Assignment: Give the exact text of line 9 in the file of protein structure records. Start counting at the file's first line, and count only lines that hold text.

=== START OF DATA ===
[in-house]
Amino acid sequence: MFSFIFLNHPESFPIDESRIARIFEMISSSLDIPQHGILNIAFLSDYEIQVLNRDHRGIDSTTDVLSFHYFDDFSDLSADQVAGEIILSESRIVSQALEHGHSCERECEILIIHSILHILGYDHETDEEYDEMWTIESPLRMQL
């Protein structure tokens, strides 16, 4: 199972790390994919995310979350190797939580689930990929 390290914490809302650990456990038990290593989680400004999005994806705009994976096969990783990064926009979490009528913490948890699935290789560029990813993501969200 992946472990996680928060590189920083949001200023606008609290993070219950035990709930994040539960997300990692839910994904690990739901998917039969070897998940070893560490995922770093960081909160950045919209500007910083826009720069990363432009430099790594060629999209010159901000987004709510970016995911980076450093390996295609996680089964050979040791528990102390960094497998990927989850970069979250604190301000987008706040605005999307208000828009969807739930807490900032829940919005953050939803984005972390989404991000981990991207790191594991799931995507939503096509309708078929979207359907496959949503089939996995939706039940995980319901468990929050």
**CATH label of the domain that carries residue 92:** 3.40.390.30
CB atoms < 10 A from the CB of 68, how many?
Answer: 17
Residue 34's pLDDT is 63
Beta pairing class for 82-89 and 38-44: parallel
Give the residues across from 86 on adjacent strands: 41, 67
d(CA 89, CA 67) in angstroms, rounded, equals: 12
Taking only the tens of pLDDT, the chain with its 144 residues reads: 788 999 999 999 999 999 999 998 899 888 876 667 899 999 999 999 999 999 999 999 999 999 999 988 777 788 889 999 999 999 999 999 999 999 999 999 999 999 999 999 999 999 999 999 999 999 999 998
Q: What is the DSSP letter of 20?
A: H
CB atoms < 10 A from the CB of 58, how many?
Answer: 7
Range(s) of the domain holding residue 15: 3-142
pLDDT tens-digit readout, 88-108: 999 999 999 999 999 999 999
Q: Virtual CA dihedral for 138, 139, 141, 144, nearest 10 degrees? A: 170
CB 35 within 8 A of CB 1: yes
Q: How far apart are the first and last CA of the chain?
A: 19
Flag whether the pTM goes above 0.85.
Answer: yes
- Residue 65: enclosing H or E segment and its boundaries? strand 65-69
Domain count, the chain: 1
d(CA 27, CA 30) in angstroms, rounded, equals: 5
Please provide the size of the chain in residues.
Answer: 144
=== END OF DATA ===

Give the residues across from 86 on adjacent strands: 41, 67